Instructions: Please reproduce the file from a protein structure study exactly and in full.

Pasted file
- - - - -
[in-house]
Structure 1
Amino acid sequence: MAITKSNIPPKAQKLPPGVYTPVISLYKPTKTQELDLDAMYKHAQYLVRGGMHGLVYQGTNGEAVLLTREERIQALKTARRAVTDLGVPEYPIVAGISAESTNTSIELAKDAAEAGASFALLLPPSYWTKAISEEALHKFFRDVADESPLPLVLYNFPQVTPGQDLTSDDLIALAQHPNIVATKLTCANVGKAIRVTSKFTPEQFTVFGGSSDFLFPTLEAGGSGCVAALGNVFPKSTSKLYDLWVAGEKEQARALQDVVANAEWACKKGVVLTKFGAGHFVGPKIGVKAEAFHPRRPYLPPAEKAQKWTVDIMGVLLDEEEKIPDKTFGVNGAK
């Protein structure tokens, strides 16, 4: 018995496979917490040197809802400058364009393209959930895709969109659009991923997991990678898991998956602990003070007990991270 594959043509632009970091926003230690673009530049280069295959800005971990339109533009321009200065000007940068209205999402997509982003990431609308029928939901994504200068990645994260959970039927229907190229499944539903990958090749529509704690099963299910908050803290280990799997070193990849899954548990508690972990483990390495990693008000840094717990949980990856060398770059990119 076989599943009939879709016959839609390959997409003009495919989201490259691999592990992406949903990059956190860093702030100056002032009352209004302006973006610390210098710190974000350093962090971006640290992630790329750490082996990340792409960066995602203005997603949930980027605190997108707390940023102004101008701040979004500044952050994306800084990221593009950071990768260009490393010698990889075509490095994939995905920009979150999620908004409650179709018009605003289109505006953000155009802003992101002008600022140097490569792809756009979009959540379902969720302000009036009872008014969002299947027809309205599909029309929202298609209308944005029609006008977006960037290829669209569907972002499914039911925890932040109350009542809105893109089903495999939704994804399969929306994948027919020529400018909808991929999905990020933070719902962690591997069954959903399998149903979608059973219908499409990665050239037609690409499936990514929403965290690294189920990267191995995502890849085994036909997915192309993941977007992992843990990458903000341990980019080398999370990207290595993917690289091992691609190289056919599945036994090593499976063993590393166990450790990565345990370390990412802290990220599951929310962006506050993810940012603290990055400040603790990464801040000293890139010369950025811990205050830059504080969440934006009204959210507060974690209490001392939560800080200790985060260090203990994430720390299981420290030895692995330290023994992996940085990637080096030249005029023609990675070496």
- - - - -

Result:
[in-house]
Structure 1
Amino acid sequence: MAITKSNIPPKAQKLPPGVYTPVISLYKPTKTQELDLDAMYKHAQYLVRGGMHGLVYQGTNGEAVLLTREERIQALKTARRAVTDLGVPEYPIVAGISAESTNTSIELAKDAAEAGASFALLLPPSYWTKAISEEALHKFFRDVADESPLPLVLYNFPQVTPGQDLTSDDLIALAQHPNIVATKLTCANVGKAIRVTSKFTPEQFTVFGGSSDFLFPTLEAGGSGCVAALGNVFPKSTSKLYDLWVAGEKEQARALQDVVANAEWACKKGVVLTKFGAGHFVGPKIGVKAEAFHPRRPYLPPAEKAQKWTVDIMGVLLDEEEKIPDKTFGVNGAK
């Protein structure tokens, strides 16, 4: 018995496979917490040197809802400058364009393209959930895709969109659009991923997991990678898991998956602990003070007990991270 594959043509632009970091926003230690673009530049280069295959800005971990339109533009321009200065000007940068209205999402997509982003990431609308029928939901994504200068990645994260959970039927229907190229499944539903990958090749529509704690099963299910908050803290280990799997070193990849899954548990508690972990483990390495990693008000840094717990949980990856060398770059990119 076989599943009939879709016959839609390959997409003009495919989201490259691999592990992406949903990059956190860093702030100056002032009352209004302006973006610390210098710190974000350093962090971006640290992630790329750490082996990340792409960066995602203005997603949930980027605190997108707390940023102004101008701040979004500044952050994306800084990221593009950071990768260009490393010698990889075509490095994939995905920009979150999620908004409650179709018009605003289109505006953000155009802003992101002008600022140097490569792809756009979009959540379902969720302000009036009872008014969002299947027809309205599909029309929202298609209308944005029609006008977006960037290829669209569907972002499914039911925890932040109350009542809105893109089903495999939704994804399969929306994948027919020529400018909808991929999905990020933070719902962690591997069954959903399998149903979608059973219908499409990665050239037609690409499936990514929403965290690294189920990267191995995502890849085994036909997915192309993941977007992992843990990458903000341990980019080398999370990207290595993917690289091992691609190289056919599945036994090593499976063993590393166990450790990565345990370390990412802290990220599951929310962006506050993810940012603290990055400040603790990464801040000293890139010369950025811990205050830059504080969440934006009204959210507060974690209490001392939560800080200790985060260090203990994430720390299981420290030895692995330290023994992996940085990637080096030249005029023609990675070496």